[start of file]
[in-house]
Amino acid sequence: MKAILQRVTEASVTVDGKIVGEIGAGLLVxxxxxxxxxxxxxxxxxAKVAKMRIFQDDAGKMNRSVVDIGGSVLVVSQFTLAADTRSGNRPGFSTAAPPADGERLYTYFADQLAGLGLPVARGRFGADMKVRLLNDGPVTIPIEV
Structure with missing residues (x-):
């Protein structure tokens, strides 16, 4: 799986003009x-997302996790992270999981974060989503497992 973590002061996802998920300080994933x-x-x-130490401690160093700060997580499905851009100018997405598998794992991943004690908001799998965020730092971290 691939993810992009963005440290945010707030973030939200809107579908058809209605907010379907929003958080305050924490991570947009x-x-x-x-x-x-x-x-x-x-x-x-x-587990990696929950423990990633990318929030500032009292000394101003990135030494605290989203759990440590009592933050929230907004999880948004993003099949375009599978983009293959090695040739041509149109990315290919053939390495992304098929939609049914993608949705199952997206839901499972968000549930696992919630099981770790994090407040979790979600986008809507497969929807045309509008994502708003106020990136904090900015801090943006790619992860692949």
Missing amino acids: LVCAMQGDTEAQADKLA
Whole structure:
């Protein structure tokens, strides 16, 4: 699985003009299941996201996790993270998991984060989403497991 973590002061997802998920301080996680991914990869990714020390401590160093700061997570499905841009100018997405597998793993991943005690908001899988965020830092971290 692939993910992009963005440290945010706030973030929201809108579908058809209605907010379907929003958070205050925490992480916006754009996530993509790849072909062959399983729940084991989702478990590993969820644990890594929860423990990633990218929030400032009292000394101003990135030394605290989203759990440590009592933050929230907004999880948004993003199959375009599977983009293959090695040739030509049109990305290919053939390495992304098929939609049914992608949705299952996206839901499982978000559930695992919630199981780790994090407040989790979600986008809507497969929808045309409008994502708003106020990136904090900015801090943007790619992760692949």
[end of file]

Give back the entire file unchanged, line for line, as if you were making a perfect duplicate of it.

[in-house]
Amino acid sequence: MKAILQRVTEASVTVDGKIVGEIGAGLLVxxxxxxxxxxxxxxxxxAKVAKMRIFQDDAGKMNRSVVDIGGSVLVVSQFTLAADTRSGNRPGFSTAAPPADGERLYTYFADQLAGLGLPVARGRFGADMKVRLLNDGPVTIPIEV
Structure with missing residues (x-):
């Protein structure tokens, strides 16, 4: 799986003009x-997302996790992270999981974060989503497992 973590002061996802998920300080994933x-x-x-130490401690160093700060997580499905851009100018997405598998794992991943004690908001799998965020730092971290 691939993810992009963005440290945010707030973030939200809107579908058809209605907010379907929003958080305050924490991570947009x-x-x-x-x-x-x-x-x-x-x-x-x-587990990696929950423990990633990318929030500032009292000394101003990135030494605290989203759990440590009592933050929230907004999880948004993003099949375009599978983009293959090695040739041509149109990315290919053939390495992304098929939609049914993608949705199952997206839901499972968000549930696992919630099981770790994090407040979790979600986008809507497969929807045309509008994502708003106020990136904090900015801090943006790619992860692949």
Missing amino acids: LVCAMQGDTEAQADKLA
Whole structure:
């Protein structure tokens, strides 16, 4: 699985003009299941996201996790993270998991984060989403497991 973590002061997802998920301080996680991914990869990714020390401590160093700061997570499905841009100018997405597998793993991943005690908001899988965020830092971290 692939993910992009963005440290945010706030973030929201809108579908058809209605907010379907929003958070205050925490992480916006754009996530993509790849072909062959399983729940084991989702478990590993969820644990890594929860423990990633990218929030400032009292000394101003990135030394605290989203759990440590009592933050929230907004999880948004993003199959375009599977983009293959090695040739030509049109990305290919053939390495992304098929939609049914992608949705299952996206839901499982978000559930695992919630199981780790994090407040989790979600986008809507497969929808045309409008994502708003106020990136904090900015801090943007790619992760692949």